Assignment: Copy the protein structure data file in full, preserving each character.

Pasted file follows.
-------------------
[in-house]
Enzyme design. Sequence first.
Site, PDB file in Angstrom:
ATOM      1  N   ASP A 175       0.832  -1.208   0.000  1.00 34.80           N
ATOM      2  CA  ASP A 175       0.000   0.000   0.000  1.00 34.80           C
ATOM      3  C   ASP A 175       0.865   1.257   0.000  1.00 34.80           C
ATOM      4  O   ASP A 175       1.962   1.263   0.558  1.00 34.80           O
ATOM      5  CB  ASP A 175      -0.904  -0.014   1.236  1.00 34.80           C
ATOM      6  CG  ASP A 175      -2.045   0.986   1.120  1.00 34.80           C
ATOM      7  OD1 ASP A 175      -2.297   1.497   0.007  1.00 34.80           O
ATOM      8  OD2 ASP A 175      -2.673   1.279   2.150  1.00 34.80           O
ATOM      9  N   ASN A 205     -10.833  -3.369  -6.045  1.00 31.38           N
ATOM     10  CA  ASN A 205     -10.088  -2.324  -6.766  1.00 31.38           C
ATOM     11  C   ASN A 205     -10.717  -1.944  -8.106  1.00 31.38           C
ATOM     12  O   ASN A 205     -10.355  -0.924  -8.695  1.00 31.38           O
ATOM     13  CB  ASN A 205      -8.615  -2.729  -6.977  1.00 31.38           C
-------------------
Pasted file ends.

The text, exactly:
[in-house]
Enzyme design. Sequence first.
Site, PDB file in Angstrom:
ATOM      1  N   ASP A 175       0.832  -1.208   0.000  1.00 34.80           N
ATOM      2  CA  ASP A 175       0.000   0.000   0.000  1.00 34.80           C
ATOM      3  C   ASP A 175       0.865   1.257   0.000  1.00 34.80           C
ATOM      4  O   ASP A 175       1.962   1.263   0.558  1.00 34.80           O
ATOM      5  CB  ASP A 175      -0.904  -0.014   1.236  1.00 34.80           C
ATOM      6  CG  ASP A 175      -2.045   0.986   1.120  1.00 34.80           C
ATOM      7  OD1 ASP A 175      -2.297   1.497   0.007  1.00 34.80           O
ATOM      8  OD2 ASP A 175      -2.673   1.279   2.150  1.00 34.80           O
ATOM      9  N   ASN A 205     -10.833  -3.369  -6.045  1.00 31.38           N
ATOM     10  CA  ASN A 205     -10.088  -2.324  -6.766  1.00 31.38           C
ATOM     11  C   ASN A 205     -10.717  -1.944  -8.106  1.00 31.38           C
ATOM     12  O   ASN A 205     -10.355  -0.924  -8.695  1.00 31.38           O
ATOM     13  CB  ASN A 205      -8.615  -2.729  -6.977  1.00 31.38           C